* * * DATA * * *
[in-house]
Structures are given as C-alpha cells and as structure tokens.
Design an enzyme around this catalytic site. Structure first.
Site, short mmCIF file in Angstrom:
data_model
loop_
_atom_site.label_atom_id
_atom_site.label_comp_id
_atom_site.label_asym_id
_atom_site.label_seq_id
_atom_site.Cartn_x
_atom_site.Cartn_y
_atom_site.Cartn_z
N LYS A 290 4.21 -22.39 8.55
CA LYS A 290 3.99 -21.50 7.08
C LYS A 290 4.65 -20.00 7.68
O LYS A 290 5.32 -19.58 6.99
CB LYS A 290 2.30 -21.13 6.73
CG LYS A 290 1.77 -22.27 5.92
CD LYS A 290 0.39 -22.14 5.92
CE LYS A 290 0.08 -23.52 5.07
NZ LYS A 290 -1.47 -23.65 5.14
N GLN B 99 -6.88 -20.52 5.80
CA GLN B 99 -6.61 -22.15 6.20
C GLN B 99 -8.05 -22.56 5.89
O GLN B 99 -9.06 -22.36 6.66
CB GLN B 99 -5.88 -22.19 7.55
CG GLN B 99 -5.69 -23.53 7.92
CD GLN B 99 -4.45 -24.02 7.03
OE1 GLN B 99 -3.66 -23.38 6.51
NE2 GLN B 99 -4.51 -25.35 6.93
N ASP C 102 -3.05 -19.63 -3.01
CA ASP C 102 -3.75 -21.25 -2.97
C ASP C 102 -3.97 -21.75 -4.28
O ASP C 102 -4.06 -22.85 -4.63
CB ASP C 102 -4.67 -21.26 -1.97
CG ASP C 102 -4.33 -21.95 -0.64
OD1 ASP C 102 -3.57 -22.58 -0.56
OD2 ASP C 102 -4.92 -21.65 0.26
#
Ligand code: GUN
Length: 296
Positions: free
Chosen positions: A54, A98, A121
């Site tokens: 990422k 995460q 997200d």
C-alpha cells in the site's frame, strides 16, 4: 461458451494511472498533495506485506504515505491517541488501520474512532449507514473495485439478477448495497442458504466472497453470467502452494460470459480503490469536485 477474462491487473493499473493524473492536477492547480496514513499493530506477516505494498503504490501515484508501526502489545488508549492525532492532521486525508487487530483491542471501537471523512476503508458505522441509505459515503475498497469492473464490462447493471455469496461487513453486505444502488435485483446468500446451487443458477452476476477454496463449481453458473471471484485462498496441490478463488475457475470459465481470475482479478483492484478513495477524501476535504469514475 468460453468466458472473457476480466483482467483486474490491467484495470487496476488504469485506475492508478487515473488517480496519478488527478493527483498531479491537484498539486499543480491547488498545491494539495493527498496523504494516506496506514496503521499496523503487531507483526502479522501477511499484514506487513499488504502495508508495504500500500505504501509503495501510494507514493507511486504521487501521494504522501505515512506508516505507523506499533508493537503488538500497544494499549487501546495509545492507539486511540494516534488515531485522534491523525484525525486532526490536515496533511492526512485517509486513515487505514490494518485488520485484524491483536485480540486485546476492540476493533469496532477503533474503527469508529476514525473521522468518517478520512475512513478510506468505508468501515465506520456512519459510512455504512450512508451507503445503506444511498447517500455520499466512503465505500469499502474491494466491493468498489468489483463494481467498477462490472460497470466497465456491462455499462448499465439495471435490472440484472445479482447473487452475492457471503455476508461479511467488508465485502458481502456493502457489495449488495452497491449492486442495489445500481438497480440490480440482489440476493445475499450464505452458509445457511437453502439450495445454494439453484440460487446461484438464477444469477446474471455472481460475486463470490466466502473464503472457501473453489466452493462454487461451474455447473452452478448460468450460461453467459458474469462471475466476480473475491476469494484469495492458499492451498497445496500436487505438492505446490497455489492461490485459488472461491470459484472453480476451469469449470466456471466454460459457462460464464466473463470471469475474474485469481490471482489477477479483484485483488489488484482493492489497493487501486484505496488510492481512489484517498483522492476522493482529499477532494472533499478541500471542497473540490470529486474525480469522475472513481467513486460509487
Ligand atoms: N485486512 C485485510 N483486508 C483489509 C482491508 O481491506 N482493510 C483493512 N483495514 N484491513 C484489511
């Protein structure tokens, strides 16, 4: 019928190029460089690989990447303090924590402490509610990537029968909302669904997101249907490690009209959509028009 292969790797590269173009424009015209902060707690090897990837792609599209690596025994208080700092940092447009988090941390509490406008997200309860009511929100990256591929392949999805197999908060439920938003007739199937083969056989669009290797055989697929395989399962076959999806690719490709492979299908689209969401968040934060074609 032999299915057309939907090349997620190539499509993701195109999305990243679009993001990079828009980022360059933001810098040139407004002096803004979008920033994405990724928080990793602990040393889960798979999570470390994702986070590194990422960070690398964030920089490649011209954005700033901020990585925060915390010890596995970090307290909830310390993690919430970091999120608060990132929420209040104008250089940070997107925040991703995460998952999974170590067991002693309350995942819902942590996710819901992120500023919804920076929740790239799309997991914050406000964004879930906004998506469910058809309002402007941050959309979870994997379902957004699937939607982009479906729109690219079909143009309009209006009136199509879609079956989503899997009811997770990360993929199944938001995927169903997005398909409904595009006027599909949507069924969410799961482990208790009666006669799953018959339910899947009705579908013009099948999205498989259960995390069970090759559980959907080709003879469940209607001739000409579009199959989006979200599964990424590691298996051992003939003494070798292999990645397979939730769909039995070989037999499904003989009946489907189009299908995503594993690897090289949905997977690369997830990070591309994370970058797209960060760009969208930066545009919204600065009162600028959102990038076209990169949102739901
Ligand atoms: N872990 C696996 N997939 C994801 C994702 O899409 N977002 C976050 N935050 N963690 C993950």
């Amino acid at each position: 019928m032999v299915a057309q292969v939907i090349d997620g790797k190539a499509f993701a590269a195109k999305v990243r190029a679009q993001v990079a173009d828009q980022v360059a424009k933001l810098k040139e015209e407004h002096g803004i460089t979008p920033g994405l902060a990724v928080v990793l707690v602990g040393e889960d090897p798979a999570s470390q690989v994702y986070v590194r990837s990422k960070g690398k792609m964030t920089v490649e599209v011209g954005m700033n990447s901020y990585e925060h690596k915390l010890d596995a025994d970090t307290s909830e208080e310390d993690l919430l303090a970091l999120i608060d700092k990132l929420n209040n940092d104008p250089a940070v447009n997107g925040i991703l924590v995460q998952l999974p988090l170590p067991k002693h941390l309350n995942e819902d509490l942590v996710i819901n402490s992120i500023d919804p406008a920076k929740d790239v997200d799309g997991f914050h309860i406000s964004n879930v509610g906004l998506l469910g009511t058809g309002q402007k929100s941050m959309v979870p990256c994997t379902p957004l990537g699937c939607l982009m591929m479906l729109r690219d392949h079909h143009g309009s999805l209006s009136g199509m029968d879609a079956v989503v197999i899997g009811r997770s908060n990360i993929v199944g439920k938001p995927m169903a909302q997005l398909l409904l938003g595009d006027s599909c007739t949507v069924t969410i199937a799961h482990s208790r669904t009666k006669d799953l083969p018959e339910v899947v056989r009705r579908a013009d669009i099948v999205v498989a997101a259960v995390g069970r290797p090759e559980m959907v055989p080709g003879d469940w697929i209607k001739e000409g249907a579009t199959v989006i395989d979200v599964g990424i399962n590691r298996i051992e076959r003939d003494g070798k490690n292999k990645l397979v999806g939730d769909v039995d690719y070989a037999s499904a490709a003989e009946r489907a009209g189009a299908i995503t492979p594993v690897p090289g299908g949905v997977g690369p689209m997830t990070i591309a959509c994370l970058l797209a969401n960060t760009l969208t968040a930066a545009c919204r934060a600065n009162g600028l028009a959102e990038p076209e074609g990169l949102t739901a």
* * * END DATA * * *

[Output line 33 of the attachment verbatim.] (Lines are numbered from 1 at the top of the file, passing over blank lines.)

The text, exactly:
CA ASP C 102 -3.75 -21.25 -2.97